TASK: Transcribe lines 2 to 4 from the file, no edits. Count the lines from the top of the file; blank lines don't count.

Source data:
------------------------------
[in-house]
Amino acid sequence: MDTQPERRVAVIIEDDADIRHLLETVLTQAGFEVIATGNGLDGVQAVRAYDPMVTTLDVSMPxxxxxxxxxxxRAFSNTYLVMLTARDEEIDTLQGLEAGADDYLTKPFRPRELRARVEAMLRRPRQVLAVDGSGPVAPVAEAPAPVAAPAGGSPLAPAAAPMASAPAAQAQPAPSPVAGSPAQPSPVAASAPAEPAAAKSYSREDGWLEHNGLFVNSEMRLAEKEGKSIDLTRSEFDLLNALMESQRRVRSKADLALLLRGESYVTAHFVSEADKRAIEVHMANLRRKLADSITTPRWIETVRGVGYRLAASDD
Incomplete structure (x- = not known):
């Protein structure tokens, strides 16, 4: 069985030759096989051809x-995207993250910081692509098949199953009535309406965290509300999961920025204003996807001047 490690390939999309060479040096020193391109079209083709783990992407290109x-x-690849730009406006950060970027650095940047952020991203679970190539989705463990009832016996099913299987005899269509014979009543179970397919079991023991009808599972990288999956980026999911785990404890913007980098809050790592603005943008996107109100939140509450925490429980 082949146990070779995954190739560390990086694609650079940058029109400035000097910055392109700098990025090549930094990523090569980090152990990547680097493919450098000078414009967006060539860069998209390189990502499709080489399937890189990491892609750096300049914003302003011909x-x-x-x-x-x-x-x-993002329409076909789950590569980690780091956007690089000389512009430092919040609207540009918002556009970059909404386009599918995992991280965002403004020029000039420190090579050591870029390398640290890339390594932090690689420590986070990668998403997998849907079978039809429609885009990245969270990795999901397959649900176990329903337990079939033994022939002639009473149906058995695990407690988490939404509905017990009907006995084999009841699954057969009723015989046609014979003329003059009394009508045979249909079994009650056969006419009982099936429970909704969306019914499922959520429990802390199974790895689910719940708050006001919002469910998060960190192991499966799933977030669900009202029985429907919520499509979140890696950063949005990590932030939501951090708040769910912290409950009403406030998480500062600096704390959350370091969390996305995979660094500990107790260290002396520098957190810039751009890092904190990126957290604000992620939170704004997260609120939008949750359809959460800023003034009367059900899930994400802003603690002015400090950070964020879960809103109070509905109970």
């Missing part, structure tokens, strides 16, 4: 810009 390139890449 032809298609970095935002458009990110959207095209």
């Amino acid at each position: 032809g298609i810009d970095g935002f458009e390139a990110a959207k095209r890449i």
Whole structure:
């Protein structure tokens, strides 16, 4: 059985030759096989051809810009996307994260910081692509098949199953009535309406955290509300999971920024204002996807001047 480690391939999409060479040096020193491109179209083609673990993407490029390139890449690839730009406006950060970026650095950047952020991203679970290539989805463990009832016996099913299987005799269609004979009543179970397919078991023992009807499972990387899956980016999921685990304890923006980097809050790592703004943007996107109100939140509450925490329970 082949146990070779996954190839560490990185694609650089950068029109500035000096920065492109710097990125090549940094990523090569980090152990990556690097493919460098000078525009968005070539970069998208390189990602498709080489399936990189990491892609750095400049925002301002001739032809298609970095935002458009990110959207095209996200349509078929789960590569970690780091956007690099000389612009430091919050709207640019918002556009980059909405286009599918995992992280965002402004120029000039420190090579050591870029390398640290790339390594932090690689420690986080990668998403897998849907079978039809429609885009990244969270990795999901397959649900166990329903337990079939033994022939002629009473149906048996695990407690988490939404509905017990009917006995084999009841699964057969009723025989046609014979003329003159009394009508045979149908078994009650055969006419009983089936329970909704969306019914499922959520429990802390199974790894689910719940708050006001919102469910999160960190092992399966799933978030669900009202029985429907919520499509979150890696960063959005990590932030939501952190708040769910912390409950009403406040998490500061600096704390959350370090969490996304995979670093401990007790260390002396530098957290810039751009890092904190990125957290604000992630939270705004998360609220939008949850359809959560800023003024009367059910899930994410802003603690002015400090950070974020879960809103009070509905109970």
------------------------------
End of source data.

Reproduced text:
Amino acid sequence: MDTQPERRVAVIIEDDADIRHLLETVLTQAGFEVIATGNGLDGVQAVRAYDPMVTTLDVSMPxxxxxxxxxxxRAFSNTYLVMLTARDEEIDTLQGLEAGADDYLTKPFRPRELRARVEAMLRRPRQVLAVDGSGPVAPVAEAPAPVAAPAGGSPLAPAAAPMASAPAAQAQPAPSPVAGSPAQPSPVAASAPAEPAAAKSYSREDGWLEHNGLFVNSEMRLAEKEGKSIDLTRSEFDLLNALMESQRRVRSKADLALLLRGESYVTAHFVSEADKRAIEVHMANLRRKLADSITTPRWIETVRGVGYRLAASDD
Incomplete structure (x- = not known):
């Protein structure tokens, strides 16, 4: 069985030759096989051809x-995207993250910081692509098949199953009535309406965290509300999961920025204003996807001047 490690390939999309060479040096020193391109079209083709783990992407290109x-x-690849730009406006950060970027650095940047952020991203679970190539989705463990009832016996099913299987005899269509014979009543179970397919079991023991009808599972990288999956980026999911785990404890913007980098809050790592603005943008996107109100939140509450925490429980 082949146990070779995954190739560390990086694609650079940058029109400035000097910055392109700098990025090549930094990523090569980090152990990547680097493919450098000078414009967006060539860069998209390189990502499709080489399937890189990491892609750096300049914003302003011909x-x-x-x-x-x-x-x-993002329409076909789950590569980690780091956007690089000389512009430092919040609207540009918002556009970059909404386009599918995992991280965002403004020029000039420190090579050591870029390398640290890339390594932090690689420590986070990668998403997998849907079978039809429609885009990245969270990795999901397959649900176990329903337990079939033994022939002639009473149906058995695990407690988490939404509905017990009907006995084999009841699954057969009723015989046609014979003329003059009394009508045979249909079994009650056969006419009982099936429970909704969306019914499922959520429990802390199974790895689910719940708050006001919002469910998060960190192991499966799933977030669900009202029985429907919520499509979140890696950063949005990590932030939501951090708040769910912290409950009403406030998480500062600096704390959350370091969390996305995979660094500990107790260290002396520098957190810039751009890092904190990126957290604000992620939170704004997260609120939008949750359809959460800023003034009367059900899930994400802003603690002015400090950070964020879960809103109070509905109970």